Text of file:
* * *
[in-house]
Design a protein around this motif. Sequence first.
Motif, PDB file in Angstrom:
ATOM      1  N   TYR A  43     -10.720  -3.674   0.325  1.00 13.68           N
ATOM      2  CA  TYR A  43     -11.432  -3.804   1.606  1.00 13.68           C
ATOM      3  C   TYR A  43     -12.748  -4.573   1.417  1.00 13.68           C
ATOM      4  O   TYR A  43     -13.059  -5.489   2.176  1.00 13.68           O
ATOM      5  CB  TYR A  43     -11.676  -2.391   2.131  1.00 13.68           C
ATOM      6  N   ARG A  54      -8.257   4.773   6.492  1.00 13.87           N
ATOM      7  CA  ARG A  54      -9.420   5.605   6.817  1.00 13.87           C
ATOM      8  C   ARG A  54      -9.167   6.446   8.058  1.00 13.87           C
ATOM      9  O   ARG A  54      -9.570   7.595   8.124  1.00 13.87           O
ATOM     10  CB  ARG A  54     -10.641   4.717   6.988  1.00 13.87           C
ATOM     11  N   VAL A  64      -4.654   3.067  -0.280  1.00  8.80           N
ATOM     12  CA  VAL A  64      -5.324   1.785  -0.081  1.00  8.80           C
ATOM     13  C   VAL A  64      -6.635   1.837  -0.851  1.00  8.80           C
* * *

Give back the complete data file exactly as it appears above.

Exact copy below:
[in-house]
Design a protein around this motif. Sequence first.
Motif, PDB file in Angstrom:
ATOM      1  N   TYR A  43     -10.720  -3.674   0.325  1.00 13.68           N
ATOM      2  CA  TYR A  43     -11.432  -3.804   1.606  1.00 13.68           C
ATOM      3  C   TYR A  43     -12.748  -4.573   1.417  1.00 13.68           C
ATOM      4  O   TYR A  43     -13.059  -5.489   2.176  1.00 13.68           O
ATOM      5  CB  TYR A  43     -11.676  -2.391   2.131  1.00 13.68           C
ATOM      6  N   ARG A  54      -8.257   4.773   6.492  1.00 13.87           N
ATOM      7  CA  ARG A  54      -9.420   5.605   6.817  1.00 13.87           C
ATOM      8  C   ARG A  54      -9.167   6.446   8.058  1.00 13.87           C
ATOM      9  O   ARG A  54      -9.570   7.595   8.124  1.00 13.87           O
ATOM     10  CB  ARG A  54     -10.641   4.717   6.988  1.00 13.87           C
ATOM     11  N   VAL A  64      -4.654   3.067  -0.280  1.00  8.80           N
ATOM     12  CA  VAL A  64      -5.324   1.785  -0.081  1.00  8.80           C
ATOM     13  C   VAL A  64      -6.635   1.837  -0.851  1.00  8.80           C